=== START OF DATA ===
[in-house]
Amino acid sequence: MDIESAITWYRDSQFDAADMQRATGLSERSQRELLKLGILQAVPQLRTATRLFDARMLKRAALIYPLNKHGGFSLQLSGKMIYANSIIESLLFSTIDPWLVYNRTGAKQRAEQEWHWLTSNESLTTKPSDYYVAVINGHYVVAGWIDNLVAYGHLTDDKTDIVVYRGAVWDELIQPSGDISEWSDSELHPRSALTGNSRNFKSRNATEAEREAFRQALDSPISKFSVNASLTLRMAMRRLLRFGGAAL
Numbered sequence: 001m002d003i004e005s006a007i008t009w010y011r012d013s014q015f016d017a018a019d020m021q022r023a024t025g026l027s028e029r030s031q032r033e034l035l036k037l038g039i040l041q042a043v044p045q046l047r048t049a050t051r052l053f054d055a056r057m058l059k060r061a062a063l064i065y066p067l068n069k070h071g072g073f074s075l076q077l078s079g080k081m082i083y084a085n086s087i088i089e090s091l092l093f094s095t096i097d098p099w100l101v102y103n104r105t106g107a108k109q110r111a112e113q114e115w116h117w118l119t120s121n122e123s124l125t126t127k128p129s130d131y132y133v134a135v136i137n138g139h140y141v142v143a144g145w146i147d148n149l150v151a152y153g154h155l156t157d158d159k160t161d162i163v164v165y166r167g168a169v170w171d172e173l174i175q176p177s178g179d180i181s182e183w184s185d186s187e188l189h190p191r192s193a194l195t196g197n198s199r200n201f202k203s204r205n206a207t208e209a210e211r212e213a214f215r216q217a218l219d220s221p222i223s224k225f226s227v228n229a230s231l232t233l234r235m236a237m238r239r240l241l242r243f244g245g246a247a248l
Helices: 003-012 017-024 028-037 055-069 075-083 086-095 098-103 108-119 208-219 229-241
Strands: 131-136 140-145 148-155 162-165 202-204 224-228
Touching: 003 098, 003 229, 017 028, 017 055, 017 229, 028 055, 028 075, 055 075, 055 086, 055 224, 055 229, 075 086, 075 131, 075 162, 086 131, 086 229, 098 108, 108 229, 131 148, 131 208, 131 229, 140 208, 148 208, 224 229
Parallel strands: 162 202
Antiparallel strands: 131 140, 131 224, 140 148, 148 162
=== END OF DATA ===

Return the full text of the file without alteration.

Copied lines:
[in-house]
Amino acid sequence: MDIESAITWYRDSQFDAADMQRATGLSERSQRELLKLGILQAVPQLRTATRLFDARMLKRAALIYPLNKHGGFSLQLSGKMIYANSIIESLLFSTIDPWLVYNRTGAKQRAEQEWHWLTSNESLTTKPSDYYVAVINGHYVVAGWIDNLVAYGHLTDDKTDIVVYRGAVWDELIQPSGDISEWSDSELHPRSALTGNSRNFKSRNATEAEREAFRQALDSPISKFSVNASLTLRMAMRRLLRFGGAAL
Numbered sequence: 001m002d003i004e005s006a007i008t009w010y011r012d013s014q015f016d017a018a019d020m021q022r023a024t025g026l027s028e029r030s031q032r033e034l035l036k037l038g039i040l041q042a043v044p045q046l047r048t049a050t051r052l053f054d055a056r057m058l059k060r061a062a063l064i065y066p067l068n069k070h071g072g073f074s075l076q077l078s079g080k081m082i083y084a085n086s087i088i089e090s091l092l093f094s095t096i097d098p099w100l101v102y103n104r105t106g107a108k109q110r111a112e113q114e115w116h117w118l119t120s121n122e123s124l125t126t127k128p129s130d131y132y133v134a135v136i137n138g139h140y141v142v143a144g145w146i147d148n149l150v151a152y153g154h155l156t157d158d159k160t161d162i163v164v165y166r167g168a169v170w171d172e173l174i175q176p177s178g179d180i181s182e183w184s185d186s187e188l189h190p191r192s193a194l195t196g197n198s199r200n201f202k203s204r205n206a207t208e209a210e211r212e213a214f215r216q217a218l219d220s221p222i223s224k225f226s227v228n229a230s231l232t233l234r235m236a237m238r239r240l241l242r243f244g245g246a247a248l
Helices: 003-012 017-024 028-037 055-069 075-083 086-095 098-103 108-119 208-219 229-241
Strands: 131-136 140-145 148-155 162-165 202-204 224-228
Touching: 003 098, 003 229, 017 028, 017 055, 017 229, 028 055, 028 075, 055 075, 055 086, 055 224, 055 229, 075 086, 075 131, 075 162, 086 131, 086 229, 098 108, 108 229, 131 148, 131 208, 131 229, 140 208, 148 208, 224 229
Parallel strands: 162 202
Antiparallel strands: 131 140, 131 224, 140 148, 148 162